The Personal Data Protection Act 2012 of Singapore is aimed at protecting individual’s personal data against misuse. It provides provisions for a national Do-Not-Call registry and a new enforcement agency will be tasked to regulate the management of personal data by businesses and impose financial penalties.
Generally, personal data is defined as data that relates to an individual, whether the data is stored in electronic or non-electronic form. The Personal Data Protection Act 2012 of Singapore is further aimed at providing individuals more control over their personal data, as they have to give consent and be informed of the purposes for which organizations collect, use, or disclose the information. In addition, the individuals may also seek compensation for damages directly suffered from a breach of the data protection rules through private rights of action.
With a view to tackle the issue of unsolicited telemarketing calls and messages, a National Do-Not-Call (DNC) Registry will be created by early 2014 in Singapore. The registry prohibits organizations in Singapore from sending specified messages to any Singapore telephone number registered with the DNC, unless the owner of the telephone number has given consent to be contacted for marketing purposes. Additionally, a Personal Data Protection Commission (PDPC) will also be set up to serve as the country’s main authority on matters relating to personal data protection and enforce data protection rules. If an organization is non-compliant, the PDPC may impose a maximum financial penalty of S$1 million (US$818,150). The full copy of The Personal Data Protection Act 2012 of Singapore may be accessed here.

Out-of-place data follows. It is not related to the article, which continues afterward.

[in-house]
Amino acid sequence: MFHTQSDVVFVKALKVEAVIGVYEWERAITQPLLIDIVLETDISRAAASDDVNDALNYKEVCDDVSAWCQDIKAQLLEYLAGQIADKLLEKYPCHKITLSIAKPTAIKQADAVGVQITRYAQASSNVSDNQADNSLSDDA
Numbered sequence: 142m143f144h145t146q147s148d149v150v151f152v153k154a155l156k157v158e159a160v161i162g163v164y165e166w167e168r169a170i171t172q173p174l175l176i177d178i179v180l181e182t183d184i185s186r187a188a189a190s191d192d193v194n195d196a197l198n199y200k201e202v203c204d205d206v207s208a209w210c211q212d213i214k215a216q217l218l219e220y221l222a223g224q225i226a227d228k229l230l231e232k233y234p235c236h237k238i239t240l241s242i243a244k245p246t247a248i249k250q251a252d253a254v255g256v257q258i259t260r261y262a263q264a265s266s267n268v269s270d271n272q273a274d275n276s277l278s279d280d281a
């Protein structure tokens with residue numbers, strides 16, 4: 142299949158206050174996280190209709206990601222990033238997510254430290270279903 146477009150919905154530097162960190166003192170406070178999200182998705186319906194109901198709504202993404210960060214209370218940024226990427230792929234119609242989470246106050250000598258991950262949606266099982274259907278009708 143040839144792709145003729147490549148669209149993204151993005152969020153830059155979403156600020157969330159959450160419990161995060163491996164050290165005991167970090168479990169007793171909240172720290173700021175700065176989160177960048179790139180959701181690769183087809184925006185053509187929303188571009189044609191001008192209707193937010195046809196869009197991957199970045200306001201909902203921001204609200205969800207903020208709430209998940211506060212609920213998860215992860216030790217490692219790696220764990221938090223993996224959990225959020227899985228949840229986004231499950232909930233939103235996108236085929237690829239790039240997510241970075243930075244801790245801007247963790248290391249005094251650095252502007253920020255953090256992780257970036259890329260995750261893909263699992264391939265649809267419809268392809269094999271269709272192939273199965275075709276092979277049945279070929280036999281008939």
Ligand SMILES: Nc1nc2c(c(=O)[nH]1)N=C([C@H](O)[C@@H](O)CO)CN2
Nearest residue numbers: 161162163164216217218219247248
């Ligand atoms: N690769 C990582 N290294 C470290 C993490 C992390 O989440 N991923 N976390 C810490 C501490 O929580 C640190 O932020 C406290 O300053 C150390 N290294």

The act comes into effect in 2013, with an 18 month sunrise period for organisations to comply with data protection requirements. Mobile app developers and owners should now consider implication of data protection laws at the early stages of development, so that there are no legal hassles at the time of scaling up and monetizing apps, seeking funding and launching global operations.
As the Personal Data Protection Act 2012 of Singapore governs the collection, use and disclosure of “personal data” by organisations, it should be ensured that what exactly includes personal data as most mobile apps collect information from users, but not all the mobile apps collect personal data. As per Section 2 PDPA, “Personal data” means “data, whether true or not, about an individual who can be identified – (a) from that data; or (b) from that data and other information to which the organisation has or is likely to have access”. In case of apps utilizing crowd-sourced data, including location-based data and user-generated content, some of the information may constitute personal data.
Moreover, as per PDPA, consent is required before the collection, use or disclosure of personal data. However, there are exceptions where no consent is required. For example, one exception is that no consent is required for the collection, use and disclosure of personal data which is publicly available. Such publicly available information may include data available over various public websites, blogs and social networks.
Jurisdiction wise, the provisions of PDPA may be applicable to mobile app development companies operating outside of Singapore, as the PDPA applies to private sector organisations whether or not formed, resident or having an office or place of business in Singapore. It also applies to individuals who are using the data other than for domestic or personal use. Accordingly, the PDPA would be applicable to mobile app developers and owners who offer their apps to the Singapore market through the Singapore Apple App store, the Google Play store, the Blackberry World, or the Microsoft’s Windows App store.
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Contributors: Rahul Dev